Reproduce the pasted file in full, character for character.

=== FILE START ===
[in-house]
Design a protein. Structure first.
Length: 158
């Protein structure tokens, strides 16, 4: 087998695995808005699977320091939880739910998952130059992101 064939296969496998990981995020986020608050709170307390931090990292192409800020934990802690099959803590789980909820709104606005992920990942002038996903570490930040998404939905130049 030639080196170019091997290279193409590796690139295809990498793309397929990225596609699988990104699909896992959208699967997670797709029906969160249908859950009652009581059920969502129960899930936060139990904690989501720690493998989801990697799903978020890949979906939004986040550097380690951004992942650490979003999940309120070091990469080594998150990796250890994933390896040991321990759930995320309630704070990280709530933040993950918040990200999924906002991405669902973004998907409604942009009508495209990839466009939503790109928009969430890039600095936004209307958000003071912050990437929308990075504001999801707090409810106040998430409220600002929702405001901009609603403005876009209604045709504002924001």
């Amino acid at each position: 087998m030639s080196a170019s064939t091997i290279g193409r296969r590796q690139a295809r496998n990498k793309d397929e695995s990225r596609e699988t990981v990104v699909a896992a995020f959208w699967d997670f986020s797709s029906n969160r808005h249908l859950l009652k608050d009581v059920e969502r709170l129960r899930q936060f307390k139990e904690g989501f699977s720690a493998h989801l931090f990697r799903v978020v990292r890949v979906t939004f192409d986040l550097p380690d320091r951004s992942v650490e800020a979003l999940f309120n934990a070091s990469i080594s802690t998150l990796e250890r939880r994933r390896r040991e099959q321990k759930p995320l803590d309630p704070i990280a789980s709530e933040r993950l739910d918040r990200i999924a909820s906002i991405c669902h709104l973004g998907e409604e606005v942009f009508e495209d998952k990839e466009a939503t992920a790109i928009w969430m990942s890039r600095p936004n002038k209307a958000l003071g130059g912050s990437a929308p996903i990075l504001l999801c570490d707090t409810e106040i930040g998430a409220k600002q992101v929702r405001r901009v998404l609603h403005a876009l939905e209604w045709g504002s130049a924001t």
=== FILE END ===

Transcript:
[in-house]
Design a protein. Structure first.
Length: 158
């Protein structure tokens, strides 16, 4: 087998695995808005699977320091939880739910998952130059992101 064939296969496998990981995020986020608050709170307390931090990292192409800020934990802690099959803590789980909820709104606005992920990942002038996903570490930040998404939905130049 030639080196170019091997290279193409590796690139295809990498793309397929990225596609699988990104699909896992959208699967997670797709029906969160249908859950009652009581059920969502129960899930936060139990904690989501720690493998989801990697799903978020890949979906939004986040550097380690951004992942650490979003999940309120070091990469080594998150990796250890994933390896040991321990759930995320309630704070990280709530933040993950918040990200999924906002991405669902973004998907409604942009009508495209990839466009939503790109928009969430890039600095936004209307958000003071912050990437929308990075504001999801707090409810106040998430409220600002929702405001901009609603403005876009209604045709504002924001």
């Amino acid at each position: 087998m030639s080196a170019s064939t091997i290279g193409r296969r590796q690139a295809r496998n990498k793309d397929e695995s990225r596609e699988t990981v990104v699909a896992a995020f959208w699967d997670f986020s797709s029906n969160r808005h249908l859950l009652k608050d009581v059920e969502r709170l129960r899930q936060f307390k139990e904690g989501f699977s720690a493998h989801l931090f990697r799903v978020v990292r890949v979906t939004f192409d986040l550097p380690d320091r951004s992942v650490e800020a979003l999940f309120n934990a070091s990469i080594s802690t998150l990796e250890r939880r994933r390896r040991e099959q321990k759930p995320l803590d309630p704070i990280a789980s709530e933040r993950l739910d918040r990200i999924a909820s906002i991405c669902h709104l973004g998907e409604e606005v942009f009508e495209d998952k990839e466009a939503t992920a790109i928009w969430m990942s890039r600095p936004n002038k209307a958000l003071g130059g912050s990437a929308p996903i990075l504001l999801c570490d707090t409810e106040i930040g998430a409220k600002q992101v929702r405001r901009v998404l609603h403005a876009l939905e209604w045709g504002s130049a924001t």